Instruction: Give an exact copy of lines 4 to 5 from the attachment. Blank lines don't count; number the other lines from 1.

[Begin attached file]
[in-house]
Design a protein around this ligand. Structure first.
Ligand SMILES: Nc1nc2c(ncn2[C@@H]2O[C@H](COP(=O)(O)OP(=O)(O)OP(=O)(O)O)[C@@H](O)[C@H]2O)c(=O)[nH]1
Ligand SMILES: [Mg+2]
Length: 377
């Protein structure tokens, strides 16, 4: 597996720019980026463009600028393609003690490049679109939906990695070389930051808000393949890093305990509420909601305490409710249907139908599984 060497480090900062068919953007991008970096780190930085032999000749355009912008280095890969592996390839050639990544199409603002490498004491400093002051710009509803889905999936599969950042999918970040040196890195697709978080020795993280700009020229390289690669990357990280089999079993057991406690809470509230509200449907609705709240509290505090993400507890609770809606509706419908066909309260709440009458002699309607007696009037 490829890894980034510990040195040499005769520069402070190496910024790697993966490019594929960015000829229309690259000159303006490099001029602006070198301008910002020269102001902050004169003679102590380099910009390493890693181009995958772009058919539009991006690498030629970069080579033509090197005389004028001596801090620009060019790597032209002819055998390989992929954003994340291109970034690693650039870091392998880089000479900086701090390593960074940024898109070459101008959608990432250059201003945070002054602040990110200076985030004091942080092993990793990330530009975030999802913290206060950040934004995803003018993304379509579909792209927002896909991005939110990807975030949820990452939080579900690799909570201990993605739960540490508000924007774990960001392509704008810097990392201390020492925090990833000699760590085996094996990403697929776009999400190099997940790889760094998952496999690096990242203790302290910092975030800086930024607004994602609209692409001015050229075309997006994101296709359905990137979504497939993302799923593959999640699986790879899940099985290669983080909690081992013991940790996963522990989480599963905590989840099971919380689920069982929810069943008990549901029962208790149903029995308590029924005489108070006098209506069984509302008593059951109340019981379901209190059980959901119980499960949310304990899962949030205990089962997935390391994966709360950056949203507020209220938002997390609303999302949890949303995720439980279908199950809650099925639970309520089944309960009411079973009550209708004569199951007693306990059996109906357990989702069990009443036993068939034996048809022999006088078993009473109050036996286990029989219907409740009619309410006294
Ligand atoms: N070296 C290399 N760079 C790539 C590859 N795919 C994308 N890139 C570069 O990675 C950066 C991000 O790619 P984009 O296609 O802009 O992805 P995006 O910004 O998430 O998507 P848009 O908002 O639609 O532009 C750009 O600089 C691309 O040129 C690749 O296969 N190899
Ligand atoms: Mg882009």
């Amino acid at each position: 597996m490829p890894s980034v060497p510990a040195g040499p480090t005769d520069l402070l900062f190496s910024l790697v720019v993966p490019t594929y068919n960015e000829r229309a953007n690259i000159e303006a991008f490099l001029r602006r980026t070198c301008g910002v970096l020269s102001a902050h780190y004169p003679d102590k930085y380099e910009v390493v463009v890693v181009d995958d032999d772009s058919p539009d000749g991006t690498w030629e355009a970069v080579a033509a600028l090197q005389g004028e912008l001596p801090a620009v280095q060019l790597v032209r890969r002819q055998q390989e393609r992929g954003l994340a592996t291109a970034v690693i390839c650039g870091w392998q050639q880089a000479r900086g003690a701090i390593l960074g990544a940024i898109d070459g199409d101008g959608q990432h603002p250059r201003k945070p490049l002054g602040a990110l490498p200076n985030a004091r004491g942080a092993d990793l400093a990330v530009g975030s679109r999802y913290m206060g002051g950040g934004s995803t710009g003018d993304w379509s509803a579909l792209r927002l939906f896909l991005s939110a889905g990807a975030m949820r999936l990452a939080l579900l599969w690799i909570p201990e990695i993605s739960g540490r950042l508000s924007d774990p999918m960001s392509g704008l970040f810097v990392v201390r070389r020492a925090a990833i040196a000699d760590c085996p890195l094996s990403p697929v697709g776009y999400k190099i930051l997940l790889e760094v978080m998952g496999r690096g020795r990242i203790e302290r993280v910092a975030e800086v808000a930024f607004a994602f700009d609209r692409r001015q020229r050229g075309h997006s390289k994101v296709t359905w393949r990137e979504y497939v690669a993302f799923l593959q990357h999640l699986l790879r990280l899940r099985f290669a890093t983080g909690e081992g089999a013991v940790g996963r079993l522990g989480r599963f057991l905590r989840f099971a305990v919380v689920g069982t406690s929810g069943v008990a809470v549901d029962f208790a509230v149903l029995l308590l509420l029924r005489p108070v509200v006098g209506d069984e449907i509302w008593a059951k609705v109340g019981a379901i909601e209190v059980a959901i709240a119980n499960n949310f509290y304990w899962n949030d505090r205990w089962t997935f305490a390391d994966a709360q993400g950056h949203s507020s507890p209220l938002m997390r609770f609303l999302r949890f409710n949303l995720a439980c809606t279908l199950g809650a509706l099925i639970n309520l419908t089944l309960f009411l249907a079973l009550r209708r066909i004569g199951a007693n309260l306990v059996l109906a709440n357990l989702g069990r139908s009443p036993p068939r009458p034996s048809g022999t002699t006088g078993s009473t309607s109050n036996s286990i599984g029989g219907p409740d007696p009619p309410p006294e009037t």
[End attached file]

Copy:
Ligand SMILES: [Mg+2]
Length: 377